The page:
Not surprisingly, the final targets were a compromise. They ended up less stringent than the targets proposed by some the Alliance of Small Island States and the G-77, but more stringent than those sought by others, like the EU and the United States.
Kyoto Protocol – Success Or Failure?
Following the failure of its signatories to ratify the Doha Amendment – regulating Kyoto’s second phase (2012-2020), the Kyoto Protocol was put on hold from 2013 onwards, and effectively has now been replaced by the Paris Agreement. But a number of other problems had been building up. 9
- The Protocol’s fundamental weakness was that it only required industrialized countries to take action. As a result – given that the United States withdrew, and that Russia, Canada, Japan and New Zealand are not participating in Kyoto’s second phase – it ended up regulating less than 15 percent of the world’s GHG emissions.
- It’s true that developing countries, including China and India, have contributed a relatively small share of the build-up of CO2 since 1900. But now that most of the world’s manufacturing is being done in Asia, both China and India are burning very large quantities of coal and oil, and therefore emitting very high levels of carbon dioxide. Neither country, however, was required to curb emissions under the Kyoto Protocol.
- The United States withdrew in 2001; Canada withdrew in 2012; while Belarus, Kazakhstan, and Ukraine stated that they may withdraw or not ratify the Amendment. In addition, although Japan, New Zealand, and Russia took part in Kyoto’s first phase (2008-2012) – they declined to assume responsibility for any further cuts in emissions.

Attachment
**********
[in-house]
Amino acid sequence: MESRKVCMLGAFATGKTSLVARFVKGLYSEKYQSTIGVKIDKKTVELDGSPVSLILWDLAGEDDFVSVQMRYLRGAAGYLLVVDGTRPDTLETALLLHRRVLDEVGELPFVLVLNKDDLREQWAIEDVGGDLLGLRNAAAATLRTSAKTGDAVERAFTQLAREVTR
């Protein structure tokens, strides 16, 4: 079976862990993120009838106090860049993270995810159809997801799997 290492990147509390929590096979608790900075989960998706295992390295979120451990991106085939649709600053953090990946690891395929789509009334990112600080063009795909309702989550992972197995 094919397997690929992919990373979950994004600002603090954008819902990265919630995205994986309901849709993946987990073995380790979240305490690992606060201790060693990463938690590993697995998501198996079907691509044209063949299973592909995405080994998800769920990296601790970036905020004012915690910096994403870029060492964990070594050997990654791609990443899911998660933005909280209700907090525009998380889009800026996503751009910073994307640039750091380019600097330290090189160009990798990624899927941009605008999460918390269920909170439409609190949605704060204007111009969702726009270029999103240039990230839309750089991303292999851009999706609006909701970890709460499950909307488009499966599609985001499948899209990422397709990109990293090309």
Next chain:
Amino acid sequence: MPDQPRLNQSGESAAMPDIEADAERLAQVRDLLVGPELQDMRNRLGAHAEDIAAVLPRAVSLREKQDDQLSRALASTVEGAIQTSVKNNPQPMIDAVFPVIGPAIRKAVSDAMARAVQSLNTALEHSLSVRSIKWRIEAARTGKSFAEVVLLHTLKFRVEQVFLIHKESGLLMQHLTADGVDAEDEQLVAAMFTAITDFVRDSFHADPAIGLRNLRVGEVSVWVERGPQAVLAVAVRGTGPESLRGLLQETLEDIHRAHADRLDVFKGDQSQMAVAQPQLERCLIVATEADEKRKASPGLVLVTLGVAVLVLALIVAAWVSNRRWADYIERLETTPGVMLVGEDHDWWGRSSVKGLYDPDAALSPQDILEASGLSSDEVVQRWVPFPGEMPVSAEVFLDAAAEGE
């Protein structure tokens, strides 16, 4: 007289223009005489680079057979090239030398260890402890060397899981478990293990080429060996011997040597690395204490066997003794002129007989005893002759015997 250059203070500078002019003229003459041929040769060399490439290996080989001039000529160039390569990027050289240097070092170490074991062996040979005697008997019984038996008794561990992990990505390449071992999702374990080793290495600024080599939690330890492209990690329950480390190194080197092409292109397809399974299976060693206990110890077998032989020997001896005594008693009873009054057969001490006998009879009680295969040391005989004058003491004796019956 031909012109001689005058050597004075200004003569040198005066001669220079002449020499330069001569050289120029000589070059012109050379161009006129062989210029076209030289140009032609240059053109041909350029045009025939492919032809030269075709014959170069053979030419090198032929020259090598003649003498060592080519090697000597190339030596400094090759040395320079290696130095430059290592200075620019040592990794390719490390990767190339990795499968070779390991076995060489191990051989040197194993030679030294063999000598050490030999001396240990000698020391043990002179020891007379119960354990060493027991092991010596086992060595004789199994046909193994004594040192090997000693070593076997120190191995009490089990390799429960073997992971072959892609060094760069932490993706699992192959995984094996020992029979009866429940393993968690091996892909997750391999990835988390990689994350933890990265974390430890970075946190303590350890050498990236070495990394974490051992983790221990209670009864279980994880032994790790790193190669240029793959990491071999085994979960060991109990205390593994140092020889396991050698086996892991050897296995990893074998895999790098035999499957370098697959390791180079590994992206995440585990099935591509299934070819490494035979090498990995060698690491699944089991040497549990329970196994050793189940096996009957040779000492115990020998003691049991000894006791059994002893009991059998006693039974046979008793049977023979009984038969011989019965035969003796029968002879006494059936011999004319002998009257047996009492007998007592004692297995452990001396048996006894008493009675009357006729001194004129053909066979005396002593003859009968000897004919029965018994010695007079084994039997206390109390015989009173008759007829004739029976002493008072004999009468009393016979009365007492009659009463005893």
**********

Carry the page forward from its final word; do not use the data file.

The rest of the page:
- On the face of it, Kyoto signatories reduced their GHG emissions by 12.5 percent. In reality, most of this was achieved before the first commitment period even started, and came about purely because of the rapid decline in heavy manufacturing industries across Russia and Ukraine, following the collapse of the USSR. Without these artificial reductions, the Kyoto Protocol accounted for no more than 2.5 percent. 10
- To put it all into perspective, the United States and China – neither of whom have any commitments under the Kyoto Protocol – have emitted more than enough extra greenhouse gas to nullify all the reductions made by other states during Kyoto’s first phase ending in 2012. Indeed, total global emissions soared by nearly 40 percent from 1990 to 2009. 11 12
In fairness, an international consensus-based organization like the United Nations is definitely needed to arbitrate between the various parties and maximize the global effort to stop the Earth from overheating. Unfortunately, the solution to our climate crisis is not going to be found in compromise and diplomacy. We have a climate emergency on our hands, so we need leaders who can inspire whole populations, not just the requisite number of delegates.
- K Protocol: UNFCCC
- Adaptation Fund
- IPCC Fourth Assessment Report (2007).
- “Industrialized countries to cut greenhouse gas emissions by 5.2%.” United Nations Environment Program. 11 December 1997.
- Article 12.
- Kyoto and the Future of International Climate Change Responses: From Here to Where. International Review for Environmental Strategies. 5. 15-38. Grubb, Michael. (2004).
- The Seven Myths of Kyoto. Climate Policy. 1. 269-272. Grubb, Michael & Depledge, Joanna. (2001).
- Kyoto Protocol – Targets for the first commitment period.
- “Compliance of the Parties to the Kyoto Protocol in the first commitment period.” Igor Shishlov, Romain Morel, Valentin Bellassen. Pages 768-782. 10 Jun 2016.
- “The Kyoto Protocol: Climate Change Success or Global Warming Failure?” Craig Jones. Circular Ecology. Feb 2, 2015.
- “Has the Kyoto protocol made any difference to carbon emissions?” Duncan Clark, The Guardian Newspaper, Nov 26, 2012.
- “The Kyoto protocol is not quite dead.” Fiona Harvey. The Guardian.